Pure Pursuit - 2019-12-10

Pure pursuit is a path following algorithm. Using odometry information and a path, pure pursuit controls how the robot should move to follow the path.

Pure pursuit has a few advantages:

  • Motion profile capabilities: acceleration and velocity constraints
  • Expressive arcs and curves
  • Dynamic and feedback-based correction

A great paper on adaptive pure pursuit can be found here.

How it works

Pure pursuit works by finding a lookahead on the path. It does this by finding the intersection of a circle of a given radius with the path. Then, the robot seeks the lookahead by calculating curvature and velocity to reach the lookahead.

Implementing Pure Pursuit

To test pursuit, I wrote a full simulation using javascript. I was able to implement all the logic and optimization in that controlled environment. Implementing algorithms in javascript is very useful, as it provides a visual way of testing the algorithm and the code can translate to C++ quite easily. This algorithm has been in progress since June 2019.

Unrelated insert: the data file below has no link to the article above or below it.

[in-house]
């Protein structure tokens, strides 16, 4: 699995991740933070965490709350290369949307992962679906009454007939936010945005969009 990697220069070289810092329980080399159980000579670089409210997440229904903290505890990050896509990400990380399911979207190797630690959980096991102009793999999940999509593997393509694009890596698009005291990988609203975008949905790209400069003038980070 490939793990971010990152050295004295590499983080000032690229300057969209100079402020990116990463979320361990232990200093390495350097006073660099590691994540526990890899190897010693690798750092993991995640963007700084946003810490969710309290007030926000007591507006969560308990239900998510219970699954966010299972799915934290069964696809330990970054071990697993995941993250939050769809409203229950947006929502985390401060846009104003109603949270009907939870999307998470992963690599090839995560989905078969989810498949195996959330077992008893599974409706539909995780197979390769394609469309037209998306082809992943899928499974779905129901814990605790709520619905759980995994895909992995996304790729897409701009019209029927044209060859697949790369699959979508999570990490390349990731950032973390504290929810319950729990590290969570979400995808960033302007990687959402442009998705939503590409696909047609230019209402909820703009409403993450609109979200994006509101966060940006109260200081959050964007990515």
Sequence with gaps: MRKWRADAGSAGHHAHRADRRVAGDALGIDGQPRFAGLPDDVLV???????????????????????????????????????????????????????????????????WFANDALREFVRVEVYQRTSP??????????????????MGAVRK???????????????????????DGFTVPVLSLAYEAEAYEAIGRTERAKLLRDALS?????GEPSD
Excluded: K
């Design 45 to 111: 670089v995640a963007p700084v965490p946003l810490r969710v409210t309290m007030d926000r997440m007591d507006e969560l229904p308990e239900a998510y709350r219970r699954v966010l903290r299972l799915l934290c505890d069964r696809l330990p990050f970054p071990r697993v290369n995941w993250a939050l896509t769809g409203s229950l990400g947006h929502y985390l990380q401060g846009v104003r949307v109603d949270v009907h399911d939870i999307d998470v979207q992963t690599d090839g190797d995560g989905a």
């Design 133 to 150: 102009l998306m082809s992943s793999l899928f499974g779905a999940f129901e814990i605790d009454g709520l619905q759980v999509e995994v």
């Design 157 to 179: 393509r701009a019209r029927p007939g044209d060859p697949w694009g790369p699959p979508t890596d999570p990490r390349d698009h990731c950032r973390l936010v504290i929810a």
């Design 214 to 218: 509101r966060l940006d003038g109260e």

Here are the controls:

  • Ctrl + Right-click to place robot
  • Click to place node
  • Click and drag to move node
  • Right-click node to delete
  • Right-click and drag to delete selection

Here are the sliders:

  1. Sample resolution: how many points should be generated from the path formula
  2. Smoothing constant: how smooth should the connections between segments be
  3. Lookahead distance: how far along the path should the robot look


The majority of the code currently in lib7842 is used for pure pursuit. This includes path representations, path creation and interpolation, path velocity generation (motion profile), as well as the actual path follower.

Here is an example code for pure pursuit:

auto path = SimplePath({odom->getState(), {0_ft, 0_ft}, {0_ft, 4_ft}})
    .smoothen(.001, 1e-10 * meter);
follower.followPath(PathGenerator::generate(path, limits), false);